Ever experienced an unexpected power outage just before an important meeting with a client? Or your team had a critical deadline to meet exactly when your Internet went down for hours? This may have caused you lots of unnecessary problems and you and your business most probably ended up losing money and precious time.
But it doesn’t have to be this way. In the past months, Mladost district has been affected by unexpected electricity downtime without prior notice from the national electrical company on multiple occasions. Yet, all companies at Campus X experienced no disruption to their operations.
Why? Because we go far and beyond to secure full redundancy for our community. From redundant water and power supply (backed by our UPS system and diesel generator) to enterprise-grade IT redundancy. Meet Campus X’s award-winning IT Manager Sergei Biliarski, who explains why all this is key for your company’s success:
What is IT redundancy and why is it important?
The only good downtime is no downtime. According to data provided by Gartner, the average hourly cost of network downtime amounts to well over $300K per hour or $5,600 per minute.
That’s why IT and power redundancy are business-critical for organizations’ uninterrupted business continuity both when operating from an office space or in a work from home environment in the context of the COVID-19 pandemic.
In these turbulent times we currently find ourselves in, some employees are forced to work from home, whether they like it or not.
Standard home Internet connectivity and plans, as well as home-grade Wi-Fi routers, however, are simply not designed to support the needs of a modern remote worker – HD video calls, download and upload of large files, streaming high-quality content, etc. If you add to that mix one or several kids and their online learning challenges, the strain we put on our home networks makes it impossible for them to be reliable. Not to mention the times when the service simply goes down for an unknown period of time right when you need to hop on that important Zoom call.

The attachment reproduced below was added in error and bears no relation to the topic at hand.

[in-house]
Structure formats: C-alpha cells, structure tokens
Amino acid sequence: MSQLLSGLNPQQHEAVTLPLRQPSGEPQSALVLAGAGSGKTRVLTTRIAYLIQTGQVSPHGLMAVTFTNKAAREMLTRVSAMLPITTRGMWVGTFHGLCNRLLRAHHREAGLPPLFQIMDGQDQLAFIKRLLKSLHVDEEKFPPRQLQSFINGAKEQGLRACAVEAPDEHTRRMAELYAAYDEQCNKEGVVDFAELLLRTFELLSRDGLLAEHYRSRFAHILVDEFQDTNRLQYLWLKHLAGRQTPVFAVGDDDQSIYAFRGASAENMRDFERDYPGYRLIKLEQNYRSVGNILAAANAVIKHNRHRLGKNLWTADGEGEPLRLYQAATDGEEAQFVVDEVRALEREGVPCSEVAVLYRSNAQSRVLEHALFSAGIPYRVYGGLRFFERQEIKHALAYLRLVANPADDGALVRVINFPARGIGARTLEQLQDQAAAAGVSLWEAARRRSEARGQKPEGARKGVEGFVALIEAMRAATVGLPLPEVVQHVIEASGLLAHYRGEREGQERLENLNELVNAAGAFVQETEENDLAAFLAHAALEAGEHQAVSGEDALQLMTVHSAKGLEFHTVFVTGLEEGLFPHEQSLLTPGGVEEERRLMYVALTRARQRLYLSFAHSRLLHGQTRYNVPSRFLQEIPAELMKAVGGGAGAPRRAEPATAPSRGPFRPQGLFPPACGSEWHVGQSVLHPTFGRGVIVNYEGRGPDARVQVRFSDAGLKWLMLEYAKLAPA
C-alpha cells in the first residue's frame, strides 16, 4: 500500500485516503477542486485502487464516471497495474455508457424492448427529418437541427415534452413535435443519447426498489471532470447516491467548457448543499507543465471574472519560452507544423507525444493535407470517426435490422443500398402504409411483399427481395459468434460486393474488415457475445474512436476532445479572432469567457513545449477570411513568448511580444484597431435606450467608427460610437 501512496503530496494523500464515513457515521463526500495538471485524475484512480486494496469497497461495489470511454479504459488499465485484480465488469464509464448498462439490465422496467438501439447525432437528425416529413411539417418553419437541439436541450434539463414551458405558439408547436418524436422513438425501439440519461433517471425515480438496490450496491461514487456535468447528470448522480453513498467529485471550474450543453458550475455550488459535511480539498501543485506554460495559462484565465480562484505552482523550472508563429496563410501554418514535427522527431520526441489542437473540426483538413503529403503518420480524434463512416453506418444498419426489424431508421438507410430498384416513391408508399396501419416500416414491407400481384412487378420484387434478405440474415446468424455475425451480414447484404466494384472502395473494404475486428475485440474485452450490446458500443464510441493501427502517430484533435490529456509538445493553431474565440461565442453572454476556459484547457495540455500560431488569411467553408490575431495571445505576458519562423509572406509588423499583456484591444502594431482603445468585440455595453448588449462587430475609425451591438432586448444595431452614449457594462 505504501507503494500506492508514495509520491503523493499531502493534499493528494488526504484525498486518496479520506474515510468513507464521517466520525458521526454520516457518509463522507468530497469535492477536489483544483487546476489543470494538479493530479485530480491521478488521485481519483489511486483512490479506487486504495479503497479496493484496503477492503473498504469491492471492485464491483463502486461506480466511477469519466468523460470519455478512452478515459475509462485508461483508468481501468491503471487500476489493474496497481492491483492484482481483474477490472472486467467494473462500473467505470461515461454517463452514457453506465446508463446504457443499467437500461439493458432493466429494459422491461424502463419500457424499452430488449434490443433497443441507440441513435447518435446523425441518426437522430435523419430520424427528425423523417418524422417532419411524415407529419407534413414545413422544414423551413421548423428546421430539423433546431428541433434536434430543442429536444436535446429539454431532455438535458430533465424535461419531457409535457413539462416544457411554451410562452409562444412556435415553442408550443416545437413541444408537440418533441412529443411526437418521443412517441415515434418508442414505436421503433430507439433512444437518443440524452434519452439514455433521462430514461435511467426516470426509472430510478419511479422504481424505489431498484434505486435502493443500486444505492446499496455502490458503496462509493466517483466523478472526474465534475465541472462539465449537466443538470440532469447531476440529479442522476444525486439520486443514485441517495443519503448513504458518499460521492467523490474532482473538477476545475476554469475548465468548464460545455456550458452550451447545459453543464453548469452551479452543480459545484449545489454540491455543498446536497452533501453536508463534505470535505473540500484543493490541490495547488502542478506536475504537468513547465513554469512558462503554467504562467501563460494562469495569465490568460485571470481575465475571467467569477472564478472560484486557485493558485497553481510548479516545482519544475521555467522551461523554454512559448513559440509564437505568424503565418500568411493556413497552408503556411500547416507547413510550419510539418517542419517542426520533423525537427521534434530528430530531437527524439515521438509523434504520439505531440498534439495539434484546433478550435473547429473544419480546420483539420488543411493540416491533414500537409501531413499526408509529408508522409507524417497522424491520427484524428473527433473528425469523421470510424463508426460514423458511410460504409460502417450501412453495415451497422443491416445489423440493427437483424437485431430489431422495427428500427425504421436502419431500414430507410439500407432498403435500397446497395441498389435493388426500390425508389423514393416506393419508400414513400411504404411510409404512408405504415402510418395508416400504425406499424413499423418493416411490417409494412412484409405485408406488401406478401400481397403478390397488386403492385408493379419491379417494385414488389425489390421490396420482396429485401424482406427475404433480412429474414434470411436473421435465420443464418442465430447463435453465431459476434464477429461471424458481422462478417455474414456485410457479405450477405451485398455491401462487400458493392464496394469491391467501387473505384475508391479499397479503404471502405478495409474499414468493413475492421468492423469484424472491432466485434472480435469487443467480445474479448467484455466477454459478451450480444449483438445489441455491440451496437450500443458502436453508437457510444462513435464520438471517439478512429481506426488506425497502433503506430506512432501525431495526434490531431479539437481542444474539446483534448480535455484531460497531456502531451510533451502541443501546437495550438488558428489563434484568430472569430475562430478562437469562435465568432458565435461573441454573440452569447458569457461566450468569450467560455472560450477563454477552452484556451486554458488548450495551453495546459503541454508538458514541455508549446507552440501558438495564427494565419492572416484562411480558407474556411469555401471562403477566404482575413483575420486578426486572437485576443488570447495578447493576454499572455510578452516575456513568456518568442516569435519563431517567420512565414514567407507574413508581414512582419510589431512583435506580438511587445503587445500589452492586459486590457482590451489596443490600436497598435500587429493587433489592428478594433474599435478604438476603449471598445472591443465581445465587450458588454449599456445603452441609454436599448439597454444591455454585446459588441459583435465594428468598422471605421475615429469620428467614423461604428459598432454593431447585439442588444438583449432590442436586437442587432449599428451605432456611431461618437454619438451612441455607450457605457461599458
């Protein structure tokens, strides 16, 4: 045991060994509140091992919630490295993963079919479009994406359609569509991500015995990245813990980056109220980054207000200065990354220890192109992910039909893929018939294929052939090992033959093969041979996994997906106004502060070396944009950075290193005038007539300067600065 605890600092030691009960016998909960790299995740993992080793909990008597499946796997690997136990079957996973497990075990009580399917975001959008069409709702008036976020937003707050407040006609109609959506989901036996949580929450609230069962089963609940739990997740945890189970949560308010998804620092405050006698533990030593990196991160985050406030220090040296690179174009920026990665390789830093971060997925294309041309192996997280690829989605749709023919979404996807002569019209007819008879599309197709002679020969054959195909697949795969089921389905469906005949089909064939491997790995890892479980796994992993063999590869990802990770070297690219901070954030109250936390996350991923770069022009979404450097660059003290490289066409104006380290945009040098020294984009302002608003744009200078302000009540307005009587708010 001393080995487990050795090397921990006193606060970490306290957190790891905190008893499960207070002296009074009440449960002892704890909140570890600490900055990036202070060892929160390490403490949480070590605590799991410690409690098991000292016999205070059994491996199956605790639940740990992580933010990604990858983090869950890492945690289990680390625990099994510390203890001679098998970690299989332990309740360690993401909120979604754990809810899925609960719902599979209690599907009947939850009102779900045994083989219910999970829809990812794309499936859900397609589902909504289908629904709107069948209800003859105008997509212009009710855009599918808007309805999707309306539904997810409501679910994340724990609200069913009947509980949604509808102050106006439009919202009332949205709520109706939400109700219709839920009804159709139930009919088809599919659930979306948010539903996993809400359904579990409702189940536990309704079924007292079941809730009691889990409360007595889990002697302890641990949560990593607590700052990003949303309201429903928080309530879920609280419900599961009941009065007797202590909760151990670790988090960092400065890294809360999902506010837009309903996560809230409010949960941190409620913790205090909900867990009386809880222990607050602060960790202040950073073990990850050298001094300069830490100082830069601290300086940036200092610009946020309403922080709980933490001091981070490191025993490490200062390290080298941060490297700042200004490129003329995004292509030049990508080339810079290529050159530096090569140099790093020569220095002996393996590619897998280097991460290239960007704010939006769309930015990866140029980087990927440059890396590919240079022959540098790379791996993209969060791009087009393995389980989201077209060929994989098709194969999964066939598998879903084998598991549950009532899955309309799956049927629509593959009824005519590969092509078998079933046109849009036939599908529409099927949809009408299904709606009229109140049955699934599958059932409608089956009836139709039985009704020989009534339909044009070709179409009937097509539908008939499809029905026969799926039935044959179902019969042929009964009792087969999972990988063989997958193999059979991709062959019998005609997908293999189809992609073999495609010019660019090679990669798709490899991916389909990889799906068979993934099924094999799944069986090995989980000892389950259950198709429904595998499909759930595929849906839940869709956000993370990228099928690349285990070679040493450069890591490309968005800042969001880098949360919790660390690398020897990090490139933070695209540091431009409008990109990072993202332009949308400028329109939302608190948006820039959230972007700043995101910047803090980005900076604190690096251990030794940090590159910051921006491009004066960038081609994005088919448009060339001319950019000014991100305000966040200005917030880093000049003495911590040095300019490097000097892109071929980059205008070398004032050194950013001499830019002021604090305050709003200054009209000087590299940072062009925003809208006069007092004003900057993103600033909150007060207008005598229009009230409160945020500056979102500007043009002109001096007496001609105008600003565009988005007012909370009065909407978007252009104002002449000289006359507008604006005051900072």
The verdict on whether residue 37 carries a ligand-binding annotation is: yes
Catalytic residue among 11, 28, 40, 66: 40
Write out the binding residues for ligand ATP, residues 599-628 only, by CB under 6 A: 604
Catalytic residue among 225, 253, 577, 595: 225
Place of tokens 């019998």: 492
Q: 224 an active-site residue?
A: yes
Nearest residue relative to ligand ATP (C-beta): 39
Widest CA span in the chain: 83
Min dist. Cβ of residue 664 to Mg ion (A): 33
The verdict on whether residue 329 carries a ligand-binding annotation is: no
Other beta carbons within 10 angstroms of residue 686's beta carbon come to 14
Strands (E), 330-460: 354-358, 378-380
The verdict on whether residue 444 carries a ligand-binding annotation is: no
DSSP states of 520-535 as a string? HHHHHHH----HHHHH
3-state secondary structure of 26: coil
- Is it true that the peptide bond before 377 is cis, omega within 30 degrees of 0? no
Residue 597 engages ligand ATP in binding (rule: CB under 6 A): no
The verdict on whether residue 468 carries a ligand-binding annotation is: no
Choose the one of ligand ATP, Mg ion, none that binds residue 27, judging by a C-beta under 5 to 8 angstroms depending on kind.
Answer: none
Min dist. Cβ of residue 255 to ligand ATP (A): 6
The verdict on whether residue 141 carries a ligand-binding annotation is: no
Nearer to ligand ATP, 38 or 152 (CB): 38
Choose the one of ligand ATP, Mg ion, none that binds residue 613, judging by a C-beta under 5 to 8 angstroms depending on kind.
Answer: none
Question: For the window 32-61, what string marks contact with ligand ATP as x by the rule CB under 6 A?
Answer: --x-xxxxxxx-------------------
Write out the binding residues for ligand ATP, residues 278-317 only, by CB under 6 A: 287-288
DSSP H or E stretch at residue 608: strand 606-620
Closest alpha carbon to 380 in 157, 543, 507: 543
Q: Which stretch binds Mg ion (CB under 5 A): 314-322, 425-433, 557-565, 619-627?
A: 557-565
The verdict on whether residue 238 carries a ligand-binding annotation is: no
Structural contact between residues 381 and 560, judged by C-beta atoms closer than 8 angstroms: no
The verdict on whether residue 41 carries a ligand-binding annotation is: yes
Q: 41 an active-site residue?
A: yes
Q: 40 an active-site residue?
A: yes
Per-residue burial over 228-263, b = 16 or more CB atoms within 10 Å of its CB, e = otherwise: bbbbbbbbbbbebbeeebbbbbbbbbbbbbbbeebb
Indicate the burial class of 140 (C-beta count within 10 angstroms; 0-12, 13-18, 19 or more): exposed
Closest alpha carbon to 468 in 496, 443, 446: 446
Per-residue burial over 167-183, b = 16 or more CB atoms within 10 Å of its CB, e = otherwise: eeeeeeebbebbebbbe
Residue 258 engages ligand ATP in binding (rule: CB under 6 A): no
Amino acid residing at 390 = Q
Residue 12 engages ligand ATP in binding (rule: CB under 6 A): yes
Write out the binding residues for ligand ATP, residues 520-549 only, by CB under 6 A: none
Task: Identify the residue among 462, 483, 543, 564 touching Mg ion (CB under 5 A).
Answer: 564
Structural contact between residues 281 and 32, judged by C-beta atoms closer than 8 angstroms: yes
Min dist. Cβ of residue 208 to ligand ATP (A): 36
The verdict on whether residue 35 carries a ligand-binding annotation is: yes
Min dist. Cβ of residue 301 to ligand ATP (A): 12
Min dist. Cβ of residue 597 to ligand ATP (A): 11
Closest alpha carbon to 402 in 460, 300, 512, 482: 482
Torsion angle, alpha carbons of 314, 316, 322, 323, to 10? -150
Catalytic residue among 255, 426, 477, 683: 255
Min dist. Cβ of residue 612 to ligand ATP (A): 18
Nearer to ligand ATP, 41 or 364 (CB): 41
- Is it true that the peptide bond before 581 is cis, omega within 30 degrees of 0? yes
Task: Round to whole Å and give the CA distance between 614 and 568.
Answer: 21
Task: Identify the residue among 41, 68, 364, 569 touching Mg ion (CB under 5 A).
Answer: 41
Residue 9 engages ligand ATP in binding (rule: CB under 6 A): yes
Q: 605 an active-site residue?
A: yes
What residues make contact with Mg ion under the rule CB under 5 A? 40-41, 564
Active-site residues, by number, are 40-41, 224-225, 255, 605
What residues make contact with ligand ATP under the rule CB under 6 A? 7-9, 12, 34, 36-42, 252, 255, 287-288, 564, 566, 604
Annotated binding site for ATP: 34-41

What makes Campus X stand out when it comes to redundancy?
Campus X’s award-winning network infrastructure by Cisco Meraki is designed with redundancy in its core. Two high-speed fiber routers connect us to the Internet using separate physical paths so that even if emergency street construction work cuts off the wrong pipe, we’re safe.
All critical devices are doubled and configured in High Availability, meaning that even if one appliance goes down, nobody (except IT) will know. Aggregated symmetric bandwidth of 1+ Gbps ensures that everybody gets enough speed and low latency for seamless calls, downloads, and streams.
Another thing, which makes us stand out, is that it’s all automatic. We’ve removed the human factor from the equation. If one of the providers fails, our routers will switch over to the backup. If one of the devices fails, the other will seamlessly take over. And the best part is that automation doesn’t care if it’s peak office hours or 3 AM on a Sunday morning.
Tell us a bit about the High Availability and Disaster Recovery technologies at Campus X. How did you implement them and what are their major benefits to the community?
Network downtime always has a direct impact on the business and should be avoided at all costs.
High Availability and Disaster Recovery technologies prevent the network from having a single point of failure at the edge and allows for fast, automatic recovery in the event of device failure, reducing the negative impact on member services.
The biggest benefits here are that in the event of hardware failure, network downtime will be either brought to a minimum or eliminated entirely depending on the scale of the disaster.
No manual intervention by the network administration team will be required to facilitate recovery from a hardware failure. We achieve this by doubling the required wiring and by configuring the so-called “warm spare” devices, identical to the primary ones. They are always awake and alert and diligently wait for their moment of glory to step in and sa